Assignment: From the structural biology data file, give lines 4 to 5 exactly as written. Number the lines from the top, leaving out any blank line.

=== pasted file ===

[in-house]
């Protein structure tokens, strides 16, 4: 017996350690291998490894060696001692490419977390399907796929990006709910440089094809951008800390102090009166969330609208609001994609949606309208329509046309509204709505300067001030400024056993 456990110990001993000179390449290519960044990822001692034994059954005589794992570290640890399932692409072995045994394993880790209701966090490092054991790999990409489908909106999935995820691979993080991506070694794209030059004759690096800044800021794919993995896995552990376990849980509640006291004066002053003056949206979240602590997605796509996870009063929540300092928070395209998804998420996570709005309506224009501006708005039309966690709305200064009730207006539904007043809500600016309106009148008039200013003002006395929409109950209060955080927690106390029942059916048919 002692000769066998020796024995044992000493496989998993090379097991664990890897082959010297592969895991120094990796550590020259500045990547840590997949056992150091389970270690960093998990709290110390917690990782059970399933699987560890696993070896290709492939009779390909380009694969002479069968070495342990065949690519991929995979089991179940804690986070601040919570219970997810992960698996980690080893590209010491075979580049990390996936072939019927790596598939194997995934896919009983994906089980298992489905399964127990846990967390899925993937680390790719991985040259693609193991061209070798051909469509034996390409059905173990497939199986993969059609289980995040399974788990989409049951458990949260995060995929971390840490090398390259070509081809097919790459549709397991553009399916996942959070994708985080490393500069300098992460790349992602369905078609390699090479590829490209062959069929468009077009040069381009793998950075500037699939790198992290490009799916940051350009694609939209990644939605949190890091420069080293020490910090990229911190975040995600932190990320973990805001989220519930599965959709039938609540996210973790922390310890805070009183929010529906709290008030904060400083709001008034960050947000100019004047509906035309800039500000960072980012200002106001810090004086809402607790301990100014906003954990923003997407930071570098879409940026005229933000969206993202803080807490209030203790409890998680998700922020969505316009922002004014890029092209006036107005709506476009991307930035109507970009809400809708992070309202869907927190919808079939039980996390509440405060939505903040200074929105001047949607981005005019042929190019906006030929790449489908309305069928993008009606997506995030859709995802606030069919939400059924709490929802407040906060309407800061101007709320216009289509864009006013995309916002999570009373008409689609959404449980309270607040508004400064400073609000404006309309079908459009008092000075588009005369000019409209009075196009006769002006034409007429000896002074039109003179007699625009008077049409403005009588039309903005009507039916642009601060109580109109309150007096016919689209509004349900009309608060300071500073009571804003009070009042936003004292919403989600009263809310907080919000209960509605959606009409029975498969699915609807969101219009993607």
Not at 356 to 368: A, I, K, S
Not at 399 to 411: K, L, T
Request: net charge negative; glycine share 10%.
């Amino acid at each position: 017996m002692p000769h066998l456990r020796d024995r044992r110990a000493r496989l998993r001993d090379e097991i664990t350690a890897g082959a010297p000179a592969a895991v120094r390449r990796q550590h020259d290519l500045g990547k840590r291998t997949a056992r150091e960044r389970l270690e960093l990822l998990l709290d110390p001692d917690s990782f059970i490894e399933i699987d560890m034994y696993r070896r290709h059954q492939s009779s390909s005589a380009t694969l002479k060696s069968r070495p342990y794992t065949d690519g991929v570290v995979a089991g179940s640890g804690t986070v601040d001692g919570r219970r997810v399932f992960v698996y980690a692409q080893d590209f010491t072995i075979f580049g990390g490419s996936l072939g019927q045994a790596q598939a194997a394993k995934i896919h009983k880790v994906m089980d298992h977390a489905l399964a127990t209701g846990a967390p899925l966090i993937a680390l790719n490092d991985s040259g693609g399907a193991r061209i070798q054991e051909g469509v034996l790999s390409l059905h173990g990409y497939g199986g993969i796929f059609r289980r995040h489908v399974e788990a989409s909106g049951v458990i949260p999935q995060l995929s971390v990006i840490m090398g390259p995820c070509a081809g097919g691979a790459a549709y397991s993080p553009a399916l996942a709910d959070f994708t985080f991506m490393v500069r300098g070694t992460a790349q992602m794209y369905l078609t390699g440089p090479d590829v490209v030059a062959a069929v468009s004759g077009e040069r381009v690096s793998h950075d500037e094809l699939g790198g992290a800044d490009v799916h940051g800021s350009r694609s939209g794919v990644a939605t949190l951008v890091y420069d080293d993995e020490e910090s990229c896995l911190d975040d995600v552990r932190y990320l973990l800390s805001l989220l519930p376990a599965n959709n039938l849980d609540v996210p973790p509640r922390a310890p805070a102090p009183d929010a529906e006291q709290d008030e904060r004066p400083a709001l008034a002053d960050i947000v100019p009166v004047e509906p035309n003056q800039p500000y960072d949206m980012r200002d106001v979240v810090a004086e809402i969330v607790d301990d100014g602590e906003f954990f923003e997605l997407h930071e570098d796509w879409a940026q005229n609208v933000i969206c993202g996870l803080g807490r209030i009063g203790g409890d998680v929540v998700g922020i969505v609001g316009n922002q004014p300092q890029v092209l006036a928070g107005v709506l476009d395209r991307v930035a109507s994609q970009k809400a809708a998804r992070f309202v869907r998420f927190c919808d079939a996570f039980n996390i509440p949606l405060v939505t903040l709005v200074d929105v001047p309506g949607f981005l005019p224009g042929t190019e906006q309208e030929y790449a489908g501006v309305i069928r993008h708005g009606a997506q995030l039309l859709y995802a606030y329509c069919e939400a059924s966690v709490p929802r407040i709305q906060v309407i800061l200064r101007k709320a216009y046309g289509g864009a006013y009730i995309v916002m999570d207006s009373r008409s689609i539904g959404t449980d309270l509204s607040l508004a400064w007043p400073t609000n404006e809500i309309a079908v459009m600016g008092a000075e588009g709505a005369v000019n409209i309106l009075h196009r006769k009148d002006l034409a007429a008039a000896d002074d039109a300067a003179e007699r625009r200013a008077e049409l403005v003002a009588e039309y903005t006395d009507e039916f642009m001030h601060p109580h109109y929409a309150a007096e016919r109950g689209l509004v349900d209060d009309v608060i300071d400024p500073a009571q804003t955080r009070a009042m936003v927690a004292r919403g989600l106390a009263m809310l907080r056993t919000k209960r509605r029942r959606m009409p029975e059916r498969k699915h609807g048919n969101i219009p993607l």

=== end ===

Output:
Not at 399 to 411: K, L, T
Request: net charge negative; glycine share 10%.